Plans revealed for 200-home development in St Ives

DETAILS of a 200-home development on the edge of St Ives have gone on display – with ambitions to have the work completed by 2017.

Barratt Homes wants to build about 200 homes on what remains of the former St Ives Golf Club site to the west of the town, next to the David Wilson development off Houghton Road.

The proposals are for a mix of two, three and four-bedroom houses – vehicle access would be through the David Wilson estate – as well as a country park to the south of the site, with ponds, picnic areas, a bird-watching platform and paths, linking the development to the town centre.

Visitors to the exhibition at The Burgess Hall on Thursday and Friday were asked for their views on the development and to vote for the name – the choices were Spire Mews, Cromwell Meadows, Chapel Green, Riverside Gardens, Westwood Fields or Greenways.

The developer hopes to submit a planning application at the beginning of next year and expects it will take four years to complete the work.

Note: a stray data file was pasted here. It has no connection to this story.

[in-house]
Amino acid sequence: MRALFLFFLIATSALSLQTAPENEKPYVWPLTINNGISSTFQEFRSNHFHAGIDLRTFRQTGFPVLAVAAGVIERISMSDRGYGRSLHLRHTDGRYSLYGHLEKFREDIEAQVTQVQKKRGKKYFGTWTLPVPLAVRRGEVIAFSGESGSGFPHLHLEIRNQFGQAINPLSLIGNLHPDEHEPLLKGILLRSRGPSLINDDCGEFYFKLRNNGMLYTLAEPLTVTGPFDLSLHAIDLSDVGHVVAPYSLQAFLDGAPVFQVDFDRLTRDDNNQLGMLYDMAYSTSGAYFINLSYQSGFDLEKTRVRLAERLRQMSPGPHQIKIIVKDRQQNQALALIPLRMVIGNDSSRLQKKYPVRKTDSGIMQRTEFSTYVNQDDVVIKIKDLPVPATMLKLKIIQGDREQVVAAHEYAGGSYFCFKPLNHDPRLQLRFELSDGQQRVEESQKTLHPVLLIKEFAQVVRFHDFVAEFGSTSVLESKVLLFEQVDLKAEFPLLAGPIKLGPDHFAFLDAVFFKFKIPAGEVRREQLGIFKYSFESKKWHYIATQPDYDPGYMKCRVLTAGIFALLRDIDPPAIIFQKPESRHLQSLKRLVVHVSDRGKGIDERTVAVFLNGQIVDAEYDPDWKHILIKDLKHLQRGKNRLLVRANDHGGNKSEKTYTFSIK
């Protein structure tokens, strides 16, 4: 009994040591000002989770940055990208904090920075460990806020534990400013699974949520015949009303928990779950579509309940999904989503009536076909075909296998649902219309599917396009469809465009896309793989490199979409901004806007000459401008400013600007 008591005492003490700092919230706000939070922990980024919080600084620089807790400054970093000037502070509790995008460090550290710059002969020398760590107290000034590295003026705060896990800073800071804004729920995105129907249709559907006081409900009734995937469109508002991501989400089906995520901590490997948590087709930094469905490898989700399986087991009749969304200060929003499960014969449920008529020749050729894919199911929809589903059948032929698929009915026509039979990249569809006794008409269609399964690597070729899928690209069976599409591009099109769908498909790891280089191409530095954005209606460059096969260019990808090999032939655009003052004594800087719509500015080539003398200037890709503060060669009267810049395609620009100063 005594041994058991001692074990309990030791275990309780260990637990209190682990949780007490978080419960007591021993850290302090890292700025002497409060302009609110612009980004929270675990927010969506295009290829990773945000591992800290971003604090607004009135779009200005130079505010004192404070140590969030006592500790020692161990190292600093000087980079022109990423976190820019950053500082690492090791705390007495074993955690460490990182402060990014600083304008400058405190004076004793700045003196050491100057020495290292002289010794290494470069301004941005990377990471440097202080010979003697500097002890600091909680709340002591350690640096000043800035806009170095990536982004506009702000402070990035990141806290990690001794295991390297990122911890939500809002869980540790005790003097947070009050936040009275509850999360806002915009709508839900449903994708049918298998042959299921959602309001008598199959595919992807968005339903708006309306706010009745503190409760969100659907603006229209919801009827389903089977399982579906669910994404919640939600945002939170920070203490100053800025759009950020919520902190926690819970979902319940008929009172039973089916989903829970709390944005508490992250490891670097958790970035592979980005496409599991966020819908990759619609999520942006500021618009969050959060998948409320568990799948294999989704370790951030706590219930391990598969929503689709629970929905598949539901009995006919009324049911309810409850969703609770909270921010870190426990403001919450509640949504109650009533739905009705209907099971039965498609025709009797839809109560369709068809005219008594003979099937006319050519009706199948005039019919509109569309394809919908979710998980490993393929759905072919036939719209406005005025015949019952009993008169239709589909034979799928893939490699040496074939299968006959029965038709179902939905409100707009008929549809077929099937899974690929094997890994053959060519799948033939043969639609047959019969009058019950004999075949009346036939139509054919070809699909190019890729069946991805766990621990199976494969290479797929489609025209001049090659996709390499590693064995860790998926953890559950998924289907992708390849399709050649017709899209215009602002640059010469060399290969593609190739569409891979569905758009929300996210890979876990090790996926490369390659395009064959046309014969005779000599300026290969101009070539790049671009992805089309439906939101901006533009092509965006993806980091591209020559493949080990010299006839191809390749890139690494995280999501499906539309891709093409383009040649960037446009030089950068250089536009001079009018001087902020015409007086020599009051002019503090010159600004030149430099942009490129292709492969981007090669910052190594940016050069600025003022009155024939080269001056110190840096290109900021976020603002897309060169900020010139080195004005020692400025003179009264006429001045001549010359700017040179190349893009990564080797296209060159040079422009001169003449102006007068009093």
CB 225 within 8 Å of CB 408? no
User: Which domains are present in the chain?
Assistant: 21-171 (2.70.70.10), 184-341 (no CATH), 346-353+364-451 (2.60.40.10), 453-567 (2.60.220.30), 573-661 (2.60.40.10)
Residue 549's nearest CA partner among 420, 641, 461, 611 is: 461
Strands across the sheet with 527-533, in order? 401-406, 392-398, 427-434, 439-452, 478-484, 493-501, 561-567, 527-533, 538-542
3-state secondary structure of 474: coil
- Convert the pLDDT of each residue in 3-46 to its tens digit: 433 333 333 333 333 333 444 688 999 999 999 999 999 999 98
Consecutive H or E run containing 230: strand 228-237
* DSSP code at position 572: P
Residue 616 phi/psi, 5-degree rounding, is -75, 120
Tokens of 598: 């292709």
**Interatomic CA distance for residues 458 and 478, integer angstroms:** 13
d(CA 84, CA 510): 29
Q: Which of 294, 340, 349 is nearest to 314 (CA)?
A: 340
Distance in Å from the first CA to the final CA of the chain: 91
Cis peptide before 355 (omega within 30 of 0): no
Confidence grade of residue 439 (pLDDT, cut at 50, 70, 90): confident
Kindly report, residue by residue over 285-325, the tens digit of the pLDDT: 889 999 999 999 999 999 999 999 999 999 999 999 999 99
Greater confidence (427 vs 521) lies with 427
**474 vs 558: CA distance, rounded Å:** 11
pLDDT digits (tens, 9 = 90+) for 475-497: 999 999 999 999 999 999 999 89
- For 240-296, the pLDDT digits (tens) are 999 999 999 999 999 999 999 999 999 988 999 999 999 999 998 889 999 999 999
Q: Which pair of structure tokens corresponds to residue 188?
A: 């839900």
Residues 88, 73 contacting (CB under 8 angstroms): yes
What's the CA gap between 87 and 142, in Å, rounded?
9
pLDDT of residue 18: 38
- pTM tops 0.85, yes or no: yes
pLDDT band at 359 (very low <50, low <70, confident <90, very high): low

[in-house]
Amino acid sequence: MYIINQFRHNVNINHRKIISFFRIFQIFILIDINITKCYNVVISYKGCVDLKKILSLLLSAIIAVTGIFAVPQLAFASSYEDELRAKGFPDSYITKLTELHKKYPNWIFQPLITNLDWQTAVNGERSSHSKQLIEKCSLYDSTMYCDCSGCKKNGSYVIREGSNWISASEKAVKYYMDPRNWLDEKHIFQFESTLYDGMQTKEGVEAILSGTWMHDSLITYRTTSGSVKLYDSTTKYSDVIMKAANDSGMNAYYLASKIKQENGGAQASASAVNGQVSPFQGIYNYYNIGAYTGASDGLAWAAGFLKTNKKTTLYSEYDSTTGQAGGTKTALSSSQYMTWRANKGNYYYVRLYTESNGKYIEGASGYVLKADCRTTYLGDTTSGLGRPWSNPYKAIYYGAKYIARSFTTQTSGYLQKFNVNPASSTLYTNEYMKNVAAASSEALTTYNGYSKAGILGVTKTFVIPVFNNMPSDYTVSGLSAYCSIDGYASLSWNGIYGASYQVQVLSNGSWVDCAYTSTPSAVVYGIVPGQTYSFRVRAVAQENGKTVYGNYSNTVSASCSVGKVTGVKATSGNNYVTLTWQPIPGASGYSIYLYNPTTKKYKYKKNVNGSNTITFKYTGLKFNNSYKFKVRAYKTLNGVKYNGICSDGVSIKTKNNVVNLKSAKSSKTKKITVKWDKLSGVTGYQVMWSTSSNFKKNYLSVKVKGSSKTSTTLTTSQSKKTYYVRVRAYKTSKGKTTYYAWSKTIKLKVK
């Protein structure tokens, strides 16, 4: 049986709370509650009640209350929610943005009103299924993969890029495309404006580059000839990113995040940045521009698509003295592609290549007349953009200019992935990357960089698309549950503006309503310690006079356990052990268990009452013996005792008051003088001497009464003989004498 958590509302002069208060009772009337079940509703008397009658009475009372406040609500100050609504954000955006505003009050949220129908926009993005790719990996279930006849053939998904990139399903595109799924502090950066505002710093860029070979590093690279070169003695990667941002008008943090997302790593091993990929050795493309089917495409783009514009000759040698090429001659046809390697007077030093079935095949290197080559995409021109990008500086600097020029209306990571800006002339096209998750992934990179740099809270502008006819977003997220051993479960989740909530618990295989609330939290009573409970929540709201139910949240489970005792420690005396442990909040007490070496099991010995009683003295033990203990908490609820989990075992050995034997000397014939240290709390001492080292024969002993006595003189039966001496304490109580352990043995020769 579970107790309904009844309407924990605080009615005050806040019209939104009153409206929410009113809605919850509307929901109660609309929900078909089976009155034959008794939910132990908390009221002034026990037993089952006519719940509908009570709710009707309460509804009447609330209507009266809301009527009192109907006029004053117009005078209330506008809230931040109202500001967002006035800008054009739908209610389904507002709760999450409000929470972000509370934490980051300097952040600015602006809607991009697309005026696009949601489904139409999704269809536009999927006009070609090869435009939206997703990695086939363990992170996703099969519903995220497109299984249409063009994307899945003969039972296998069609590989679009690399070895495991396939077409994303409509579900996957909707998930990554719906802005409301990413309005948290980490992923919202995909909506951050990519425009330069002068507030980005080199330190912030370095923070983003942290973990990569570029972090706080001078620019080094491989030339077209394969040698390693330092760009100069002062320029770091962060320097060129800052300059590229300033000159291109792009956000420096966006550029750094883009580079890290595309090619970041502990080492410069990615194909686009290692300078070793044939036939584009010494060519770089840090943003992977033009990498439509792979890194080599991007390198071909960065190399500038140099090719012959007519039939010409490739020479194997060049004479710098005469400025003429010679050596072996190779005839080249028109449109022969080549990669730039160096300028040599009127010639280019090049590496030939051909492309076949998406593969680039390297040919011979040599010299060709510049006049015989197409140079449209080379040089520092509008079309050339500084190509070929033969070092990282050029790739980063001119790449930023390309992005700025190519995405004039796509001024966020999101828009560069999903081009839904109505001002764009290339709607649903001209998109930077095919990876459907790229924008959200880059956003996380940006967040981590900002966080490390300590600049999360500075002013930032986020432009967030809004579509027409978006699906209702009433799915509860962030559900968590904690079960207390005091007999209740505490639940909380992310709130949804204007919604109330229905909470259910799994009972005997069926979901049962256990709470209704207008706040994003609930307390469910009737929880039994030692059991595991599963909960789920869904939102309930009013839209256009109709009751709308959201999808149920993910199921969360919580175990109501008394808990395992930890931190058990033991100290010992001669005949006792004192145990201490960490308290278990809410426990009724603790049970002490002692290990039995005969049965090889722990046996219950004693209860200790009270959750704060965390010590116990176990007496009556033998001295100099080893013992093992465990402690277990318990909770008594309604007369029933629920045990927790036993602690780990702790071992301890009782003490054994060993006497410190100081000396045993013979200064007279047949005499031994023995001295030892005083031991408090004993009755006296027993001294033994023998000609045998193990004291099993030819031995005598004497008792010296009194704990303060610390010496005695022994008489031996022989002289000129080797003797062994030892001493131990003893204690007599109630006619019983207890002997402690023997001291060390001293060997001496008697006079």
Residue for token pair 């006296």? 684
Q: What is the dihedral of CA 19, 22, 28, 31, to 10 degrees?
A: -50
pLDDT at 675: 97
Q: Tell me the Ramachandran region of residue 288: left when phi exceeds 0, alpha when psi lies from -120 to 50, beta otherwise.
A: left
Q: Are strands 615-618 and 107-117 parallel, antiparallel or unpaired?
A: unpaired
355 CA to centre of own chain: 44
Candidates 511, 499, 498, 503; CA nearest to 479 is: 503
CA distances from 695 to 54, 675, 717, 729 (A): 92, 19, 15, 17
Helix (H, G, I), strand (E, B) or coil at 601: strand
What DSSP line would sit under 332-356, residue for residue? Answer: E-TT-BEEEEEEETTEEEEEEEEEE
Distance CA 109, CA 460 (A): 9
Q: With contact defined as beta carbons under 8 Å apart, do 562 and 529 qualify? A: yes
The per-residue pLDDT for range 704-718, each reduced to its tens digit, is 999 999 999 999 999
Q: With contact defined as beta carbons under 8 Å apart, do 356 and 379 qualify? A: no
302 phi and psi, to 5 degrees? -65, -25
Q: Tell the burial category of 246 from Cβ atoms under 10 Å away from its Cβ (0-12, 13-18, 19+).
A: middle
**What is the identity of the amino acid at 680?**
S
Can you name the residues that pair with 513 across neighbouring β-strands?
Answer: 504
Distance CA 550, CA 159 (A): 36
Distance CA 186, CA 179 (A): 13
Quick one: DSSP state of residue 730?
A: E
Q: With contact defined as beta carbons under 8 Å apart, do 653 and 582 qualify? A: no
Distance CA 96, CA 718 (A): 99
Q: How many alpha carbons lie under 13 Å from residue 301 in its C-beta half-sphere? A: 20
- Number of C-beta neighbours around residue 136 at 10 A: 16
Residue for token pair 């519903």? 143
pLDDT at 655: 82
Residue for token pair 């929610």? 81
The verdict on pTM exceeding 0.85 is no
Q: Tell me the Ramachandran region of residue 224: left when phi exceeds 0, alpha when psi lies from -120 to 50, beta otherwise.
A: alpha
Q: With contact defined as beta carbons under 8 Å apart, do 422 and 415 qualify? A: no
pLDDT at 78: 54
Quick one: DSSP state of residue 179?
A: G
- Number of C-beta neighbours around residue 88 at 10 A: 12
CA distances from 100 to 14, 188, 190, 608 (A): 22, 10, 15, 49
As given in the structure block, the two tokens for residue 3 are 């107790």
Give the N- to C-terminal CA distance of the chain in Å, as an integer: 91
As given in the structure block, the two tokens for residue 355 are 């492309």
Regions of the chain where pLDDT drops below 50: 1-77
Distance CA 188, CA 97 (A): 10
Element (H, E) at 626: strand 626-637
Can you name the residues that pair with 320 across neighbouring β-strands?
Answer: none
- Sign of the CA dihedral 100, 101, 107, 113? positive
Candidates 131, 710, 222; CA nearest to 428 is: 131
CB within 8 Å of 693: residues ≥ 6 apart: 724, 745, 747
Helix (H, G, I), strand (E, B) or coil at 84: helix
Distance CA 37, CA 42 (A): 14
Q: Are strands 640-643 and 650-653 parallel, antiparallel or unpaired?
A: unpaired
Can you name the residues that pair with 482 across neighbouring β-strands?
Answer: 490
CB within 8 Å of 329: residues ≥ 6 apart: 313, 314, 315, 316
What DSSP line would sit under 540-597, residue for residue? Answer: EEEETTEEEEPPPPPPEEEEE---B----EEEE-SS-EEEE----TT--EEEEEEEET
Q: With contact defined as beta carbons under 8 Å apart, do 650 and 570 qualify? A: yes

Steve Evans, who was at the Burgess Hall, said he was concerned about the effect the development would have on Houghton Road traffic.

Mr Evans, of Redwell Close, St Ives, said: “This is just going to exacerbate the problem and it’s going to affect a lot of residents in the town and will add traffic to an already busy stretch of road.

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“It’s really important that the new development does not affect the flow as it’s not just St Ives traffic but vehicles from Huntingdon as well.”

A spokesman for Barratt said that it would introduce a smart traffic light system that worked in tandem with other traffic lights at Houghton Road/High Leys/Hill Rise to maintain the flow of traffic. She said a traffic survey had been taken but the results had not been finalised.

The site, which will also include public open space and a children’s play area, has a large number of protected trees and Barratt has said it would try to retain as many as possible.

“It will not be possible to retain every tree on site but with the benefit of the survey we have tried to ensure the finest specimens are retained and, in some cases, become a focal point within the scheme.”